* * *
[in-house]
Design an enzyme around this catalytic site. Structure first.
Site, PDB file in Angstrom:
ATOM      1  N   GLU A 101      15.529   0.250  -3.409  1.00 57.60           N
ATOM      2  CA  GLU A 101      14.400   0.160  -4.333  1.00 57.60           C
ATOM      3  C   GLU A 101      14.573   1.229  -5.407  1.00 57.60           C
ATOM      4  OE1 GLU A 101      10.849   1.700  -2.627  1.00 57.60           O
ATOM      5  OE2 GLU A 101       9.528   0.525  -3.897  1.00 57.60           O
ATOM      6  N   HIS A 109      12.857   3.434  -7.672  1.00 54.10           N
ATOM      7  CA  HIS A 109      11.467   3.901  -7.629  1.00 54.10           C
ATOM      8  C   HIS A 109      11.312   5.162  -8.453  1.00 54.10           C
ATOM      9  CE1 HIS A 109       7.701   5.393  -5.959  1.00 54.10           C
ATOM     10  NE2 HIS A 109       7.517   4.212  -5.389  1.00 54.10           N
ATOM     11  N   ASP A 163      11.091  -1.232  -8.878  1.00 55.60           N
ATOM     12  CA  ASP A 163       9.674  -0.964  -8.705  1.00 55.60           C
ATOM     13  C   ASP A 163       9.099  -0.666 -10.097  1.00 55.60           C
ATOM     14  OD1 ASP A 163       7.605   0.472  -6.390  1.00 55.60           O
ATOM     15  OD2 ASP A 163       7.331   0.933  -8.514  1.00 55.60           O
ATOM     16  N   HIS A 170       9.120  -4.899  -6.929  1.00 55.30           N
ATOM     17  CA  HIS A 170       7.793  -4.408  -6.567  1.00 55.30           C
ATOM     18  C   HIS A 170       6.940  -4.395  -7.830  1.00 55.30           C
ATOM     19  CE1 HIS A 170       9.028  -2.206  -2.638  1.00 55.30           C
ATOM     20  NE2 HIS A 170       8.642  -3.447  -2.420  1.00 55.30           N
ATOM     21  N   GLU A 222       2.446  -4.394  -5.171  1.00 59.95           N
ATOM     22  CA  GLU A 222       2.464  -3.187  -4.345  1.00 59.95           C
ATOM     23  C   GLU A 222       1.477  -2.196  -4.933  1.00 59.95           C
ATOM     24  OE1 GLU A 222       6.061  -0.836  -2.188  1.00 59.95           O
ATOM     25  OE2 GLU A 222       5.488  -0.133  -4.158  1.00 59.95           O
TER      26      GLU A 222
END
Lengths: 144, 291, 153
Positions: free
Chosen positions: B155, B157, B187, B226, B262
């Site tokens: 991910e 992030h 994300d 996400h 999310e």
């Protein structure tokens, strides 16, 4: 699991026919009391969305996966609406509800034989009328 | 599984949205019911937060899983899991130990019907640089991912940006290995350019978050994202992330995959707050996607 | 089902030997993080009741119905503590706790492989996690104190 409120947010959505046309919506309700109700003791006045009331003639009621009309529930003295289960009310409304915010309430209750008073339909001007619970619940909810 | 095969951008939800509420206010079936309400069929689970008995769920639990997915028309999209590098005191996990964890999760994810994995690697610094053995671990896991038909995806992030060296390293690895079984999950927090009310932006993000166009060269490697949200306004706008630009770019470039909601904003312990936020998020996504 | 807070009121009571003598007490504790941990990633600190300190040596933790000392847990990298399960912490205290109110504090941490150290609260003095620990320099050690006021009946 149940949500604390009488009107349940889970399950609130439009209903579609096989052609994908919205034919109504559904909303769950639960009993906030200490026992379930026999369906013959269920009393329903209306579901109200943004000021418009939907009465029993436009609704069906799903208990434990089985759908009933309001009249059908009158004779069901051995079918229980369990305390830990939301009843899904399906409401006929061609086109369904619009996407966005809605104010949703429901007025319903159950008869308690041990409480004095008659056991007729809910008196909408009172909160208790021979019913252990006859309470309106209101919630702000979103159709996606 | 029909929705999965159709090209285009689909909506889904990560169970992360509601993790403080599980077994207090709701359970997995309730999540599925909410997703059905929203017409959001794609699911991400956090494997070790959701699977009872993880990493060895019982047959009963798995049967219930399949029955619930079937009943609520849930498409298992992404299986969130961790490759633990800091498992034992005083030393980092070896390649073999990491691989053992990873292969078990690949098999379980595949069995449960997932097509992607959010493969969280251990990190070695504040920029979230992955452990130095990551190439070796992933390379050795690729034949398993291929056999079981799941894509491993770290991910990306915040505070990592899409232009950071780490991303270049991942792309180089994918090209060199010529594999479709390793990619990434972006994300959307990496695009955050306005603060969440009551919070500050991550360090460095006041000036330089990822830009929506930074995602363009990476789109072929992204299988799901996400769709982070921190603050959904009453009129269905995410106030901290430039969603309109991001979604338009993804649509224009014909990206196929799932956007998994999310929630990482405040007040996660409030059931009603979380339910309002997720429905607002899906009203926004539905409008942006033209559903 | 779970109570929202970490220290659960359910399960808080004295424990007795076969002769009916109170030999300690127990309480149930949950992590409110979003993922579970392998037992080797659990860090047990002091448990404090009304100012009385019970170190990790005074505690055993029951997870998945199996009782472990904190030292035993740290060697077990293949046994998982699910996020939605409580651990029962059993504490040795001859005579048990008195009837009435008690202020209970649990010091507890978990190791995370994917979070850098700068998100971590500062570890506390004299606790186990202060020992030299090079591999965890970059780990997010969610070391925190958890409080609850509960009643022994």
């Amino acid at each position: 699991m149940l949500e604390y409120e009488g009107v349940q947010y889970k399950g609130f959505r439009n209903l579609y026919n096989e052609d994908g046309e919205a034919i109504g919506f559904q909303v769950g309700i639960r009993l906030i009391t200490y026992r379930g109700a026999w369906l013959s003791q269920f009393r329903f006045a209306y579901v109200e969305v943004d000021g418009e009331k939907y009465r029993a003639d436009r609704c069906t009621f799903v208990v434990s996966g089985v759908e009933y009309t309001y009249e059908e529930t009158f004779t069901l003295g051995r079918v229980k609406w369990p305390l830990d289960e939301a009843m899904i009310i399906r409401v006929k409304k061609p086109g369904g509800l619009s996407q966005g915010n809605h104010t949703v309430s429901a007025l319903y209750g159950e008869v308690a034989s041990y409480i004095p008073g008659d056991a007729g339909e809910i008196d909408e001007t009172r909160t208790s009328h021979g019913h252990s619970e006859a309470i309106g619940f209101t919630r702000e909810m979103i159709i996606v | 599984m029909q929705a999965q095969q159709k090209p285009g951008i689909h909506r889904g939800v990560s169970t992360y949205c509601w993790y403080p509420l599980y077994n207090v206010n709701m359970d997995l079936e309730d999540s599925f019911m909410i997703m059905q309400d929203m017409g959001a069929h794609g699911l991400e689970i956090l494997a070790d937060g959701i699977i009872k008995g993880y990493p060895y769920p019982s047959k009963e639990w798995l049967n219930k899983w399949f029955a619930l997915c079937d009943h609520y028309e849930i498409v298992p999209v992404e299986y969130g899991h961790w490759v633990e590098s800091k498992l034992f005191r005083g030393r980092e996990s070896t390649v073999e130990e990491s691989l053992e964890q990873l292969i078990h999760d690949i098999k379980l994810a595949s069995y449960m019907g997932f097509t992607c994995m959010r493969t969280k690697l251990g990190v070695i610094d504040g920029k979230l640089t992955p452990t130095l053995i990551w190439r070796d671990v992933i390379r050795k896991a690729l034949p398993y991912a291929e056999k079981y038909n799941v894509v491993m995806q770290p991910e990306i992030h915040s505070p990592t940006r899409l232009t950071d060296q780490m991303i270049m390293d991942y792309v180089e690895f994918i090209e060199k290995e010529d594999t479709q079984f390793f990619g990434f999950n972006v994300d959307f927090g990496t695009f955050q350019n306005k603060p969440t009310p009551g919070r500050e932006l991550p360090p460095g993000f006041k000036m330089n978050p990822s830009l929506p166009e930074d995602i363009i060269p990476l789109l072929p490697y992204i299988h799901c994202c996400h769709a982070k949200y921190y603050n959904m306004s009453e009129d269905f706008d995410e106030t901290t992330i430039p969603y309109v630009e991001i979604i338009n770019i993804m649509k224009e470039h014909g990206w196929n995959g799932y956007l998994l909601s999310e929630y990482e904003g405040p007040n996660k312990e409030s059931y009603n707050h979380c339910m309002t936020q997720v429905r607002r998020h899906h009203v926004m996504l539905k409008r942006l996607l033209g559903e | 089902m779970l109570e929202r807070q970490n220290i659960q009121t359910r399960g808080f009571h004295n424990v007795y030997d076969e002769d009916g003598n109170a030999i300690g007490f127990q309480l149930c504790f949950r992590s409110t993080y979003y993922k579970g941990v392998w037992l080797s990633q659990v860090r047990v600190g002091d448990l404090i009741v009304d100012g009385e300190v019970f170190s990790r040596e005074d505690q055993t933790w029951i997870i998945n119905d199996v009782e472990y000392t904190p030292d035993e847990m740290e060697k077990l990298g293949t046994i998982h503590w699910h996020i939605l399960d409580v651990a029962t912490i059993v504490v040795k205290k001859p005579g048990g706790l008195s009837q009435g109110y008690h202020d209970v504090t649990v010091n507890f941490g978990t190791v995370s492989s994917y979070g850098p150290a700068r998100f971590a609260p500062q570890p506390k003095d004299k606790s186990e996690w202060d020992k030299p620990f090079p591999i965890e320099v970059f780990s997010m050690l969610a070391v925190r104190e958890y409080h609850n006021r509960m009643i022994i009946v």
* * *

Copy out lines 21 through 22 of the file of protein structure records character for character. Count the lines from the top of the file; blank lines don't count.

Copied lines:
ATOM     18  C   HIS A 170       6.940  -4.395  -7.830  1.00 55.30           C
ATOM     19  CE1 HIS A 170       9.028  -2.206  -2.638  1.00 55.30           C